25 years ago, IBM was still the biggest force in the PC industry. On this date in 1987, the company announced a new partnership with Microsoft that at the time seemed to be the next major step in the PC's evolution: The launch of OS/2. However, the operating system failed to gain a foothold in PC desktops and the reason lies ironically with Microsoft.
Time.com's site has an interesting article today on the rise and fall of OS/2. The story points out that while it was announced on this day 25 years ago, it wasn't until December 1987 until version 1.0 was released. Even after its launch, OS/2 still didn't have a lot of features, including basic items such as having a graphical interface for mouse interactions, until a year later. OS/2 was also a resource hog; most PCs of that time didn't have the memory to support OS/2's 4 MB requirements.
In the end, IBM's partner on OS/2, Microsoft, broke off its development arrangement and released Windows 3.0 in 1990. Most PC owners installed and used it thanks to its Mac-style graphical interface. In 1992, IBM launched the 2.0 version of OS/2. It was a huge improvement from the original and it could handle OS/2, Windows and DOS programs all at once and had 32-bit software support (although it still had a few 16-bit drivers).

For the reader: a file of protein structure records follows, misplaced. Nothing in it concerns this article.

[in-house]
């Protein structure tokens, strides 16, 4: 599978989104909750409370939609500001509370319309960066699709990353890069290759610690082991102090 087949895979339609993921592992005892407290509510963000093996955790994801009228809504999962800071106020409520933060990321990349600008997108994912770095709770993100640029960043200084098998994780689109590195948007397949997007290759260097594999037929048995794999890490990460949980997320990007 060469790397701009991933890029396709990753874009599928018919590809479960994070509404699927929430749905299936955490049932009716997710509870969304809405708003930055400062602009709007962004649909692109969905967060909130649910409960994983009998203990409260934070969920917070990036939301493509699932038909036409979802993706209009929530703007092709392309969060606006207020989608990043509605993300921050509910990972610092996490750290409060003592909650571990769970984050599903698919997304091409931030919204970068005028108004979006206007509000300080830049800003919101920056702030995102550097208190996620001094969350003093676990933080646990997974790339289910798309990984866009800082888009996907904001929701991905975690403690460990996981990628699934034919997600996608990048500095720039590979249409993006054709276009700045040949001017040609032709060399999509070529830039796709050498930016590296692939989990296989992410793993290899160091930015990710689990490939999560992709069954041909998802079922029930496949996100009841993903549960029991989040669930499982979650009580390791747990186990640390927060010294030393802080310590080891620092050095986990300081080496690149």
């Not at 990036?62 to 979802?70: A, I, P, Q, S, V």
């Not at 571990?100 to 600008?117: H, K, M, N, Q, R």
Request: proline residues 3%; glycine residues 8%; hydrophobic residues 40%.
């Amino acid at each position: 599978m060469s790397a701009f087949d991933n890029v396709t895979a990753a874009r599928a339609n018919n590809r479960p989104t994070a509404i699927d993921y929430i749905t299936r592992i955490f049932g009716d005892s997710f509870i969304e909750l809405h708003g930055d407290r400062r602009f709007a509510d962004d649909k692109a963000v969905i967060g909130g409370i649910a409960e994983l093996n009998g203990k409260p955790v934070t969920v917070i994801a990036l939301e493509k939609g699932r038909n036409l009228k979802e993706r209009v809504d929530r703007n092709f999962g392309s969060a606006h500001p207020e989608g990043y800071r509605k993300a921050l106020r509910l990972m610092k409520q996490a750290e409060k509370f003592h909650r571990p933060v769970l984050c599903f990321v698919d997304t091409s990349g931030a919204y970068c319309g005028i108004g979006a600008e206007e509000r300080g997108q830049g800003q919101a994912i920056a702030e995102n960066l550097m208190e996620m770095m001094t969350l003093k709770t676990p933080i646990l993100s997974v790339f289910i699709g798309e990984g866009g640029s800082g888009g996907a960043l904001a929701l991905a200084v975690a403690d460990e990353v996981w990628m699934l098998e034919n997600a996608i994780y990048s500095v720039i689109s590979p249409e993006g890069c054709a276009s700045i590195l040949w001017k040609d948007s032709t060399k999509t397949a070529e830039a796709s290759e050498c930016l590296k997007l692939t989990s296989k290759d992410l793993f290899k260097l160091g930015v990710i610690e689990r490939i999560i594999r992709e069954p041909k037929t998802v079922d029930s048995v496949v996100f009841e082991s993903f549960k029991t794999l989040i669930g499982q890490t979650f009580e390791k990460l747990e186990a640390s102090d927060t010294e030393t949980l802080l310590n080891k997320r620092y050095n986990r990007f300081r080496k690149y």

Even with the improvements, O2/2 2.0 still had some high system requirements, and more consumers and businesses still moved on to updated versions of Windows. OS/2 3.0 came out in 1994 but PC users decided to wait until Windows 95 came out a year later. IBM kept releasing updated versions of OS/2 but by then the writing was on the wall. The company released the final version of OS/2 in 2001 and stopped full support of the OS in 2006, although IBM will still offer some support for a fee.
OS/2 was in many ways a PC operating system that was many years ahead of its time, with some features that Windows didn't incorporate for a number of years, such as right-clicking on the OS to change settings. Even today, OS/2 is still in use running some older ATMs or inside the system that delivers the Metrocards for New York City's subway system. A company called Serenity Systems International even sells an OS, eComStation, that is based on OS/2 and runs all OS/2 based programs.
Image via Wikipedia